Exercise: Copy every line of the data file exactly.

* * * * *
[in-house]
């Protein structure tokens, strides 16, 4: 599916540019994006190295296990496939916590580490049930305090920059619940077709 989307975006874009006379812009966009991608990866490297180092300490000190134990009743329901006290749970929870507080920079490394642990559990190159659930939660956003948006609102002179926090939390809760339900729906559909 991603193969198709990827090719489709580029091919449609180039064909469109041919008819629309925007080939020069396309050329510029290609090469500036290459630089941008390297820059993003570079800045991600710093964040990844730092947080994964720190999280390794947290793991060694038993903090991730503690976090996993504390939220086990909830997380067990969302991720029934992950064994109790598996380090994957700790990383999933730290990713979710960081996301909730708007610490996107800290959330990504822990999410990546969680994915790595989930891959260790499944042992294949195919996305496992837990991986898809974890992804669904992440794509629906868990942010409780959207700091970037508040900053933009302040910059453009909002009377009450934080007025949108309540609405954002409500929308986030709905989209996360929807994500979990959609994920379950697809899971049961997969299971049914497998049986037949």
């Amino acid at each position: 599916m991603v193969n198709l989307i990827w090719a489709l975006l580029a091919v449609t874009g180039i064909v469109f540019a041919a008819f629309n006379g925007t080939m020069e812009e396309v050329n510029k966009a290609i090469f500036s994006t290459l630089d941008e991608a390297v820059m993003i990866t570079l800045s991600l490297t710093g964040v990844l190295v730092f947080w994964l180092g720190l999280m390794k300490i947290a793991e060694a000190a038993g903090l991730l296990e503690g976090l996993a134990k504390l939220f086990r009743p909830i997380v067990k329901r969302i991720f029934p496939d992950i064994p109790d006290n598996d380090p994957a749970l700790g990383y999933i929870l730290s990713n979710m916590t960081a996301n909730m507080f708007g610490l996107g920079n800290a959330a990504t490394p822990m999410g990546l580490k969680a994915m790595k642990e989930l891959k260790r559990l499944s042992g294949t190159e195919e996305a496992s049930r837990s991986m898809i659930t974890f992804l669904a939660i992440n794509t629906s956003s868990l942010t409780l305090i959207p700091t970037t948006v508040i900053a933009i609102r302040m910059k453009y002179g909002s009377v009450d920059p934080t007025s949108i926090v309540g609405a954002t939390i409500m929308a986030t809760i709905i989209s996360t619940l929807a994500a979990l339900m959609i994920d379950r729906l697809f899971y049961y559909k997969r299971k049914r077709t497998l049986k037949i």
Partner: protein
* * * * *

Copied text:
[in-house]
């Protein structure tokens, strides 16, 4: 599916540019994006190295296990496939916590580490049930305090920059619940077709 989307975006874009006379812009966009991608990866490297180092300490000190134990009743329901006290749970929870507080920079490394642990559990190159659930939660956003948006609102002179926090939390809760339900729906559909 991603193969198709990827090719489709580029091919449609180039064909469109041919008819629309925007080939020069396309050329510029290609090469500036290459630089941008390297820059993003570079800045991600710093964040990844730092947080994964720190999280390794947290793991060694038993903090991730503690976090996993504390939220086990909830997380067990969302991720029934992950064994109790598996380090994957700790990383999933730290990713979710960081996301909730708007610490996107800290959330990504822990999410990546969680994915790595989930891959260790499944042992294949195919996305496992837990991986898809974890992804669904992440794509629906868990942010409780959207700091970037508040900053933009302040910059453009909002009377009450934080007025949108309540609405954002409500929308986030709905989209996360929807994500979990959609994920379950697809899971049961997969299971049914497998049986037949």
């Amino acid at each position: 599916m991603v193969n198709l989307i990827w090719a489709l975006l580029a091919v449609t874009g180039i064909v469109f540019a041919a008819f629309n006379g925007t080939m020069e812009e396309v050329n510029k966009a290609i090469f500036s994006t290459l630089d941008e991608a390297v820059m993003i990866t570079l800045s991600l490297t710093g964040v990844l190295v730092f947080w994964l180092g720190l999280m390794k300490i947290a793991e060694a000190a038993g903090l991730l296990e503690g976090l996993a134990k504390l939220f086990r009743p909830i997380v067990k329901r969302i991720f029934p496939d992950i064994p109790d006290n598996d380090p994957a749970l700790g990383y999933i929870l730290s990713n979710m916590t960081a996301n909730m507080f708007g610490l996107g920079n800290a959330a990504t490394p822990m999410g990546l580490k969680a994915m790595k642990e989930l891959k260790r559990l499944s042992g294949t190159e195919e996305a496992s049930r837990s991986m898809i659930t974890f992804l669904a939660i992440n794509t629906s956003s868990l942010t409780l305090i959207p700091t970037t948006v508040i900053a933009i609102r302040m910059k453009y002179g909002s009377v009450d920059p934080t007025s949108i926090v309540g609405a954002t939390i409500m929308a986030t809760i709905i989209s996360t619940l929807a994500a979990l339900m959609i994920d379950r729906l697809f899971y049961y559909k997969r299971k049914r077709t497998l049986k037949i």
Partner: protein